Noel goes on to ask can we not judge anyone any more and gives examples such as judging the killing of whales for scientific reasons, or the Palestine-Israel situation. I would draw an important distinction here; when we are talking about these types of examples we are referring to situations, yes these situations are made up of individual people (and animals), but they differ from any discussion on the abortion issue insofar as abortion is about the personal and medical decision that an individual woman must make for herself. She is the only one who knows her own circumstances, her own mental health, her finances, her worries and concerns. I know people will respond that there may be a partner involved in the decision, and yes that is true, but the final decision will have to lie with the woman who is deciding whether or not to continue to carry the pregnancy. This differs from the situations Noel outlines as they involve the complex inter-play of many different parties often with competing (political) agendas and while the abortion issue is often politicised this only serves to detract from the woman and her decision. In an ideal world, perhaps abortion would not be discussed at all, it would just be taken for granted that what a woman chooses to do with her body is of no concern to anyone else?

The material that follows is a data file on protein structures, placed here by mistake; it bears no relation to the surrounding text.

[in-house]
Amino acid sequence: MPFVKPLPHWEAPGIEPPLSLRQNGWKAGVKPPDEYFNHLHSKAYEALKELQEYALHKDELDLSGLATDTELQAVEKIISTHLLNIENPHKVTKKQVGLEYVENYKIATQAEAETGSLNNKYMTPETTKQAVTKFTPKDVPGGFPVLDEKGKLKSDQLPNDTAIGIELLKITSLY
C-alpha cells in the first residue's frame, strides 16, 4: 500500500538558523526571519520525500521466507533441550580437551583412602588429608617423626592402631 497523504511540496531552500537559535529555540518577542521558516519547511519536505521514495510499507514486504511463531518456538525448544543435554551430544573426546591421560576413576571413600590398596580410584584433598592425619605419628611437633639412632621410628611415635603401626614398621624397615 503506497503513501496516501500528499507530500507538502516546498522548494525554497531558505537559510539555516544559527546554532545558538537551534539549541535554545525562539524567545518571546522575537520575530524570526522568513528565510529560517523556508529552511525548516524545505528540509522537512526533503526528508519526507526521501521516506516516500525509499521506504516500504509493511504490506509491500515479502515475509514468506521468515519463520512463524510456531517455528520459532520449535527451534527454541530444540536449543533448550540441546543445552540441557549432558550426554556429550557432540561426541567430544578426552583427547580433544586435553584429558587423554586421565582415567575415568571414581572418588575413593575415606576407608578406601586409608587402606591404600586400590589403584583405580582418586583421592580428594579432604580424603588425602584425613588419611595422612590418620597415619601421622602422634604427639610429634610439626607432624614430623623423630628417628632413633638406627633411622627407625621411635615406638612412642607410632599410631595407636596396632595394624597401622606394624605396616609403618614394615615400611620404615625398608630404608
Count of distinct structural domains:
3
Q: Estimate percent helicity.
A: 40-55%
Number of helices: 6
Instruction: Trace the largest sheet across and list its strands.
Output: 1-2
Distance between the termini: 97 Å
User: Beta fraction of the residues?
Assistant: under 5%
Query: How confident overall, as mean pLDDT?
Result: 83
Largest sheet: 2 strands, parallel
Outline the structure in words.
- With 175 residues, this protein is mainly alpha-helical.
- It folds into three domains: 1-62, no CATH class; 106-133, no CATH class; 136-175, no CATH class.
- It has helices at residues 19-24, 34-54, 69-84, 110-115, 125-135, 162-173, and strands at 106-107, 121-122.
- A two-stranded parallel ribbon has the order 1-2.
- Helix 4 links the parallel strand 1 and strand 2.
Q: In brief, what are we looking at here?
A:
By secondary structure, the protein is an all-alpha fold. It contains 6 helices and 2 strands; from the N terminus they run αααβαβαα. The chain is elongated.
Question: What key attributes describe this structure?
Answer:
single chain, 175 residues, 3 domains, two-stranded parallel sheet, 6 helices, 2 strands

Noel also gives an ethical dilemma to suggest that there are cases when we can/may judge a pregnant woman:
"And what about the mother of the unborn child who is on heroin, who has a baby, the baby is born addicted to heroin. Can we even say that that is immoral? Do we still have to remain neutral on that one Ashling?" (5.26-5.40)